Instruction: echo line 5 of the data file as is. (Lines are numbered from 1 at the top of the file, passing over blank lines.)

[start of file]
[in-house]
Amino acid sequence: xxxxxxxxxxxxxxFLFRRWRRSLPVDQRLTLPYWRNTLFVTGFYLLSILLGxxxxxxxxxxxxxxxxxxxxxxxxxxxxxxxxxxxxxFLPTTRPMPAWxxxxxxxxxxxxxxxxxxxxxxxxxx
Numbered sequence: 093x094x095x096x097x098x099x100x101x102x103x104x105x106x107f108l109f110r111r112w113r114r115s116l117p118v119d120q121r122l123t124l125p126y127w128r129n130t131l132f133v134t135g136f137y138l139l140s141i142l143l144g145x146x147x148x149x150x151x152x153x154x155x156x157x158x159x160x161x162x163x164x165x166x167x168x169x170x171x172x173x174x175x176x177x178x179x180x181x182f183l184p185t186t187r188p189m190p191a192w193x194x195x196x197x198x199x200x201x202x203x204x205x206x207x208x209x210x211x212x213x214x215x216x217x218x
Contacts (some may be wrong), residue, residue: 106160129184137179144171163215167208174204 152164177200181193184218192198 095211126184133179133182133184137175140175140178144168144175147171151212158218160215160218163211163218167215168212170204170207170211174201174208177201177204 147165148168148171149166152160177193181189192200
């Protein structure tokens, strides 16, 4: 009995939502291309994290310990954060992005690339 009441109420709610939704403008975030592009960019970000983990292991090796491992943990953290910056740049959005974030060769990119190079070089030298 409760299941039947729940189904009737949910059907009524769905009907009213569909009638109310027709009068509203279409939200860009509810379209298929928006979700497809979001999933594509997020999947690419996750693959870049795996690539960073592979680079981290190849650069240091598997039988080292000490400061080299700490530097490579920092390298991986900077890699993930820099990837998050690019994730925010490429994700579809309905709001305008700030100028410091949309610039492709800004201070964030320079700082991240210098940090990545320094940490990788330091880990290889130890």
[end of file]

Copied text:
């Protein structure tokens, strides 16, 4: 009995939502291309994290310990954060992005690339 009441109420709610939704403008975030592009960019970000983990292991090796491992943990953290910056740049959005974030060769990119190079070089030298 409760299941039947729940189904009737949910059907009524769905009907009213569909009638109310027709009068509203279409939200860009509810379209298929928006979700497809979001999933594509997020999947690419996750693959870049795996690539960073592979680079981290190849650069240091598997039988080292000490400061080299700490530097490579920092390298991986900077890699993930820099990837998050690019994730925010490429994700579809309905709001305008700030100028410091949309610039492709800004201070964030320079700082991240210098940090990545320094940490990788330091880990290889130890």